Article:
Users who abuse cocaine may also use alcohol to excess, as well as take different prescription drugs. They do this as a way to control the many highs and lows associated with addiction to cocaine. In a short period of time the cocaine user begins to believe they have no control over their life. Eventually cocaine changes the functions of the brain. Their thoughts are focused on the “more” effect. This is the most significant of cocaine addiction symptoms.

When a person has developed an addiction to cocaine, their brain will drive them to try and obtain more and more of it. In their mind, getting enough cocaine is the only thing that will solve their problems. A cocaine user may steal, sell drugs and more, in order to get enough money for cocaine. Their craving for the drug overpowers their ability to know the difference between right and wrong when making decisions.

There are many long-term and short-term effects that result from abusing cocaine. The effects of using the drug excessively comes with serious consequences. It could cause the user to have permanent physical damage, debilitating addiction or possibly death. Everyone who uses cocaine reacts to it differently. Some of the effects a user may experience could consist of:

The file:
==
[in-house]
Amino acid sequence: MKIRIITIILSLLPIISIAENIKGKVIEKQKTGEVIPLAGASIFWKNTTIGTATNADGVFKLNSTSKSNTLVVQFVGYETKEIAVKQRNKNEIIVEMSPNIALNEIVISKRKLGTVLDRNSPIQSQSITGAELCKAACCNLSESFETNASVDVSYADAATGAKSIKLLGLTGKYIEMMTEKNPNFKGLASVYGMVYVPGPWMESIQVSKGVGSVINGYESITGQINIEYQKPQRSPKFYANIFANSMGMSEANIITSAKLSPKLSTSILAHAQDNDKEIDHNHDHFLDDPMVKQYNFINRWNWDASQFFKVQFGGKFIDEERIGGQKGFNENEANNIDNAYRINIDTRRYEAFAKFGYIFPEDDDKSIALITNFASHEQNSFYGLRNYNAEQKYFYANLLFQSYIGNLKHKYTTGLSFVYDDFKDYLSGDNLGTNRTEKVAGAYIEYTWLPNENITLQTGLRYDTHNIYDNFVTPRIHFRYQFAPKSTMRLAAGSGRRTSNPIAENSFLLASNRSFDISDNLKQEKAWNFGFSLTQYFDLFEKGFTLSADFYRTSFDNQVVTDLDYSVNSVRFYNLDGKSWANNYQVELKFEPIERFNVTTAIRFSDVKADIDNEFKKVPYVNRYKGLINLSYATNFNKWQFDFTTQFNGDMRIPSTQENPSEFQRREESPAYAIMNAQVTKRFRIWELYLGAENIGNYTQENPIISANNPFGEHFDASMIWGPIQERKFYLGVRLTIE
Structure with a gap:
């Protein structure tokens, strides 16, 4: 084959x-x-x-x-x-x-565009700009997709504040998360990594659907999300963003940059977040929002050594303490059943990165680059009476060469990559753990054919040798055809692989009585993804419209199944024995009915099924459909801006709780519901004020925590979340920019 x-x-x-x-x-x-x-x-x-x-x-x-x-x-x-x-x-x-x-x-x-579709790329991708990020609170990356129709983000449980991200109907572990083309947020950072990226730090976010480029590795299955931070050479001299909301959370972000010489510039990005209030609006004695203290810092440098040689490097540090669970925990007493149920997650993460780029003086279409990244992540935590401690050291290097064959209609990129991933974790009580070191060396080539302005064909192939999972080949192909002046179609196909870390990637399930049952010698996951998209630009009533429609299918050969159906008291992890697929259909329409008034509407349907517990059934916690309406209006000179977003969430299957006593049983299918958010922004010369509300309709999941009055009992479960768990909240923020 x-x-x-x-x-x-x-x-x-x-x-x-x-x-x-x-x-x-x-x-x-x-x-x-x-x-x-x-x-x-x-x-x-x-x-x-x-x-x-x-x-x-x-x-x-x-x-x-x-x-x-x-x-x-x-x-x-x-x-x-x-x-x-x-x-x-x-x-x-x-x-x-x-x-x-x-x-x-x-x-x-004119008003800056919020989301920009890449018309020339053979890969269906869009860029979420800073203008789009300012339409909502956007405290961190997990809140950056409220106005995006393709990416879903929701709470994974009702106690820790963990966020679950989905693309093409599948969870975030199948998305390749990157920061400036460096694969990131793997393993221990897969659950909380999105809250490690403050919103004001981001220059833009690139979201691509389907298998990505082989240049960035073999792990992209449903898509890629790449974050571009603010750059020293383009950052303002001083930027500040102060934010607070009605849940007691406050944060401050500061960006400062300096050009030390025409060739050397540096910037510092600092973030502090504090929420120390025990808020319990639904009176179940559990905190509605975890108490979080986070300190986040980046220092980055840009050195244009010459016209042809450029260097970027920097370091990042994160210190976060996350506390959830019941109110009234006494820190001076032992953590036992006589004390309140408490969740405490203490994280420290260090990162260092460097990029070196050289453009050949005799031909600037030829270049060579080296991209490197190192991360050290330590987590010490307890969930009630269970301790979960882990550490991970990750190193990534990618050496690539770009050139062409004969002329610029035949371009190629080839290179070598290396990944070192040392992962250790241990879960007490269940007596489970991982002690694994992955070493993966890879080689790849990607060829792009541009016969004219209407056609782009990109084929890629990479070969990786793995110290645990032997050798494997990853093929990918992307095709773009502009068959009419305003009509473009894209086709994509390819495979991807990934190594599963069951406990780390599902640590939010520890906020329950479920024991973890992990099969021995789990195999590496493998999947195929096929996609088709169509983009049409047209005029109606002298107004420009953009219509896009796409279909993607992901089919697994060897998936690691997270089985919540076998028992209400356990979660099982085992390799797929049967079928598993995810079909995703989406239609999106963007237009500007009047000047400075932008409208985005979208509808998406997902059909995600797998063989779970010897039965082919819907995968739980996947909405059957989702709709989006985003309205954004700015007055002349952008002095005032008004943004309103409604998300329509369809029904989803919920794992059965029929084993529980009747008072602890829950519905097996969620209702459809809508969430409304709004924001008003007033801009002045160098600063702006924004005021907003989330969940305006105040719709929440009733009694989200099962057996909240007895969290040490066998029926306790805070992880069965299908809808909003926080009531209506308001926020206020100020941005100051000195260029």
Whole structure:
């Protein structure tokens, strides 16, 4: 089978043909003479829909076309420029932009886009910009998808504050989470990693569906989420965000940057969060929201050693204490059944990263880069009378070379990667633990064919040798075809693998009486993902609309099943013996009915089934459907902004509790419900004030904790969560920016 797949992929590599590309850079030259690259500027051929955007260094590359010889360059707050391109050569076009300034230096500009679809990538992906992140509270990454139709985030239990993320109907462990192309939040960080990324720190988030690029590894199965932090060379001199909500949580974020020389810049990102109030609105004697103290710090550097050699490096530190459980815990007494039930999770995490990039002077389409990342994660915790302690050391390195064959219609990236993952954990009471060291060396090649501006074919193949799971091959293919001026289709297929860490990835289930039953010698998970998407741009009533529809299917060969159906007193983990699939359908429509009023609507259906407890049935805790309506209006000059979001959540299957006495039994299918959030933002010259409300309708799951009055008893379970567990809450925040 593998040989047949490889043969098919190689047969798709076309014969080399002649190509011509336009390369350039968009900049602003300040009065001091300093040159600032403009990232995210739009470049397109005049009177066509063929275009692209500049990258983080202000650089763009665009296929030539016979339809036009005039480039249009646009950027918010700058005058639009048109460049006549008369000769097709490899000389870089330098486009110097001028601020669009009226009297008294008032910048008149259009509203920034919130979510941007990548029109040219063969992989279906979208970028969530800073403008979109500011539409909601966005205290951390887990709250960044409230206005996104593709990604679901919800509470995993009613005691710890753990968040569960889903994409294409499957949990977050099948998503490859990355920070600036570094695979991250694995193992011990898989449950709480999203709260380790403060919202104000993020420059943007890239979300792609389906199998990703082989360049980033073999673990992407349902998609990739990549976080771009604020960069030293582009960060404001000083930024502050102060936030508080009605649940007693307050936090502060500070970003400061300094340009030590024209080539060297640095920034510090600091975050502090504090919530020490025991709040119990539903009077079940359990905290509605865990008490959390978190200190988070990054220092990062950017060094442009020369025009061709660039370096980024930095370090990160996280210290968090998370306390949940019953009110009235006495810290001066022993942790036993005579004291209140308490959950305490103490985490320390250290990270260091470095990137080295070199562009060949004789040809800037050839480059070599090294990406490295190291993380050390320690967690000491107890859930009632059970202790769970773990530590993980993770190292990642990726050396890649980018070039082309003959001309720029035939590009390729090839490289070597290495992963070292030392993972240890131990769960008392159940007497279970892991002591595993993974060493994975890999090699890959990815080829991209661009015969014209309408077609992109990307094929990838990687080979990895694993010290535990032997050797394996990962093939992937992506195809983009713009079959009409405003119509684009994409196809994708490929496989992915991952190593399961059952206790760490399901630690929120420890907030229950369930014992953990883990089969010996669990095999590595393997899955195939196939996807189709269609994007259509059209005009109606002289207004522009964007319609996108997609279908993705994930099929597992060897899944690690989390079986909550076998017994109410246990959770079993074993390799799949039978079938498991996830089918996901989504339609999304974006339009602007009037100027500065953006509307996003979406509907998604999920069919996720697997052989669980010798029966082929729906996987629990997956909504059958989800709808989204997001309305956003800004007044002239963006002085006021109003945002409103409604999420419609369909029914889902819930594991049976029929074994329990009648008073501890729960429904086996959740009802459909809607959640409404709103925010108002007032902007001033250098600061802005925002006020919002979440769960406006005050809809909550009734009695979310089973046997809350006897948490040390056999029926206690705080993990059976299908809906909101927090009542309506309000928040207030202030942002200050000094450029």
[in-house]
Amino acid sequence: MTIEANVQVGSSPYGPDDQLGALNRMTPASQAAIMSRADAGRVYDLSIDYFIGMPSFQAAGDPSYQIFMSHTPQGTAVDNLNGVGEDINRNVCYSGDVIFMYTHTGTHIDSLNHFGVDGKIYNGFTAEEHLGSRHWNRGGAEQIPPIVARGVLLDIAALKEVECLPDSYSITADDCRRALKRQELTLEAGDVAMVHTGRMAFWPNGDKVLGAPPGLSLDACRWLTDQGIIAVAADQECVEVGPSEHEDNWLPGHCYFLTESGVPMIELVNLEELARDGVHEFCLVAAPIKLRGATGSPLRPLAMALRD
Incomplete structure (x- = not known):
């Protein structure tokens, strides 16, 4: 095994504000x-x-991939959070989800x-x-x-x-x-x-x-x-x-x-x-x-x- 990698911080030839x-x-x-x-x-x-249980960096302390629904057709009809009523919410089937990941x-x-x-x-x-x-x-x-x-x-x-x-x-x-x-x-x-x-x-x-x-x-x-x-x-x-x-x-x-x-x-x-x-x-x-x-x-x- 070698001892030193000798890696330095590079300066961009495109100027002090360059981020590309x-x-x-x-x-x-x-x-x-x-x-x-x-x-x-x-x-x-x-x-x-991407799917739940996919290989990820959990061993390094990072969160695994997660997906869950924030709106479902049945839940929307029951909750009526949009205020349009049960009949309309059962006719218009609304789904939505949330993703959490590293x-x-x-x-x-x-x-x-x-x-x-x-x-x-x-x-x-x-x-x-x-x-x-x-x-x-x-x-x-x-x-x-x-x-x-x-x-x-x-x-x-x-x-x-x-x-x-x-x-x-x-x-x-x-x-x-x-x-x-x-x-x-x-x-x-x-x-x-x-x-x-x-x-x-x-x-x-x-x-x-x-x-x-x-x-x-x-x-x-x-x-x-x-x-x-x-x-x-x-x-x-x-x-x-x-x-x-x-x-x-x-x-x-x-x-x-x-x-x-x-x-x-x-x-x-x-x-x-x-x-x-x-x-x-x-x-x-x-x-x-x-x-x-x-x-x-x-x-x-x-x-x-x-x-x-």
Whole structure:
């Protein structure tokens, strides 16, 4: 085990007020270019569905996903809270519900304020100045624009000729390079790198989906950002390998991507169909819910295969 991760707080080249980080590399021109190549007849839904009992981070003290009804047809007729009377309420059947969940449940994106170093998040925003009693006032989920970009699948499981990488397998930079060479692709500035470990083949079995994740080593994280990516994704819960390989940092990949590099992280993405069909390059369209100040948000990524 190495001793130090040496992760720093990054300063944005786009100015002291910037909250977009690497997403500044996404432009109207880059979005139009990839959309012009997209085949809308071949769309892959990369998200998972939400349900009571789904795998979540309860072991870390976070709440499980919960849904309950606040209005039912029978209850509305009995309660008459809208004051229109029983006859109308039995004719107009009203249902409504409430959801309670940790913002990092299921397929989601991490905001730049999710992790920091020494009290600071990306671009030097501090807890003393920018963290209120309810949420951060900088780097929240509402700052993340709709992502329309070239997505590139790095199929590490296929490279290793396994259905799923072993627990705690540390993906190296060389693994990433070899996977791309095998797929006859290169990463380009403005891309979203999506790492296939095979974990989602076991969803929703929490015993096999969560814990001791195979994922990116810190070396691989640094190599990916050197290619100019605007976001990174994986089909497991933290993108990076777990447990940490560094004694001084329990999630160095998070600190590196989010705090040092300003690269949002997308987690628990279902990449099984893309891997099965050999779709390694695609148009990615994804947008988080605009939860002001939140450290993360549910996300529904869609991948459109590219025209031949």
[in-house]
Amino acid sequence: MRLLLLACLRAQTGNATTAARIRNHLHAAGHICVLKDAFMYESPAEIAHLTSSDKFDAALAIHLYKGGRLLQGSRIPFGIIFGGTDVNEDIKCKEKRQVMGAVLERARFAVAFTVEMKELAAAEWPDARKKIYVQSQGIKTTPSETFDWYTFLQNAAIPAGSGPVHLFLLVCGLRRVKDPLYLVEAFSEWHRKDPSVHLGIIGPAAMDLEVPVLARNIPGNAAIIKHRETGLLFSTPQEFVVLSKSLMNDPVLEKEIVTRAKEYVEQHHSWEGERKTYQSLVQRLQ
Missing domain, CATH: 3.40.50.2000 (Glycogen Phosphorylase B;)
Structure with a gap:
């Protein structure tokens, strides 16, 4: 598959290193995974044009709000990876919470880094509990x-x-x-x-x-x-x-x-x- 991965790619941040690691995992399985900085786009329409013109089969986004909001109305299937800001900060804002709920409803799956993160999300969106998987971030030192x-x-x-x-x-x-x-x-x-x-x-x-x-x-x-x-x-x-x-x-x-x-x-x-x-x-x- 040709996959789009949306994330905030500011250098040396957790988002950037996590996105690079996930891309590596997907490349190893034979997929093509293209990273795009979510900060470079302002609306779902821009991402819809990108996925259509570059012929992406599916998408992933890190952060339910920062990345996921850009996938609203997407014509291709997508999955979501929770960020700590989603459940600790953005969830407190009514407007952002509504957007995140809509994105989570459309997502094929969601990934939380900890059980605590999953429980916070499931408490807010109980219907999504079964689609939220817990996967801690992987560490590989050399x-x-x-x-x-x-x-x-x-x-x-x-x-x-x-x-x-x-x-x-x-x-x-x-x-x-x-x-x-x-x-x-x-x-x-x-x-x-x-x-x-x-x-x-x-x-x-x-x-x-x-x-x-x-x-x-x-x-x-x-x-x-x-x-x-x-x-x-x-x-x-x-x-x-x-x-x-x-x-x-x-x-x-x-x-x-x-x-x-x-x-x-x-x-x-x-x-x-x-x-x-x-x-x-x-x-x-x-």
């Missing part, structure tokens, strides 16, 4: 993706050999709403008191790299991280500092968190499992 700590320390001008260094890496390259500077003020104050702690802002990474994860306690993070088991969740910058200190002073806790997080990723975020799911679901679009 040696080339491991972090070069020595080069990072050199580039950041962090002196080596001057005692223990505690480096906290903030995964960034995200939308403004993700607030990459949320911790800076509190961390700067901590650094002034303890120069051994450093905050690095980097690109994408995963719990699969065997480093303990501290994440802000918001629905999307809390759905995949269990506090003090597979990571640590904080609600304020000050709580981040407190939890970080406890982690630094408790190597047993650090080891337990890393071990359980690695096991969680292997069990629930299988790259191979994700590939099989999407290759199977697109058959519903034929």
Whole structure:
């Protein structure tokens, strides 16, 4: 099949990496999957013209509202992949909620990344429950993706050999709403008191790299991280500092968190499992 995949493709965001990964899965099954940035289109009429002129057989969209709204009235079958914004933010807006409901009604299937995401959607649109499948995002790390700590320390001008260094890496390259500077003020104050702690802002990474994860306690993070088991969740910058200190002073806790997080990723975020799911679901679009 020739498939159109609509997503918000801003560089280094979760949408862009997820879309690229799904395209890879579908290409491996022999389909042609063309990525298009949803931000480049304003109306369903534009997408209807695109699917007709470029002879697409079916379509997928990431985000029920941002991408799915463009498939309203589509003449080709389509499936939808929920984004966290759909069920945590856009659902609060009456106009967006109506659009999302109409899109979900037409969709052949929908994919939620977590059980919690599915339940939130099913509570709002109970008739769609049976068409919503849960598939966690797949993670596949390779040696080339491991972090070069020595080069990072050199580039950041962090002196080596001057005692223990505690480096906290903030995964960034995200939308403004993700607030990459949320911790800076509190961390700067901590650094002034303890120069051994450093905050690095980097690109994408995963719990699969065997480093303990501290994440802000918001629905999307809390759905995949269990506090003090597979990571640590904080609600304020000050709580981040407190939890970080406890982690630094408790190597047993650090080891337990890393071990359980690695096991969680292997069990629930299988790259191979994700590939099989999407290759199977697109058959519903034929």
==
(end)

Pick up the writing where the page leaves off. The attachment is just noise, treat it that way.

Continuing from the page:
• Periods of heightened energy
• Decrease in appetite
• Mysterious and significant weight loss
• Heightened blood pressure and heart rate
• Dilated pupils
• Increase in body temperature
• Issues with the nose, such as nose bleeds, constant sniffing and a runny nose.

Once cocaine is no longer used, an addict may experience symptoms such as irritability, depression, fatigue as well as a overwhelming desire for more cocaine. Even when users stop taking the drug, the desire for cocaine may last for years, and increase during times of stress, hindering their cocaine addiction recovery. There is a chance an addict could start using another substance once they stop using cocaine. In order to ease the withdrawal symptoms of cocaine use, a variety of different treatments and medications have been developed.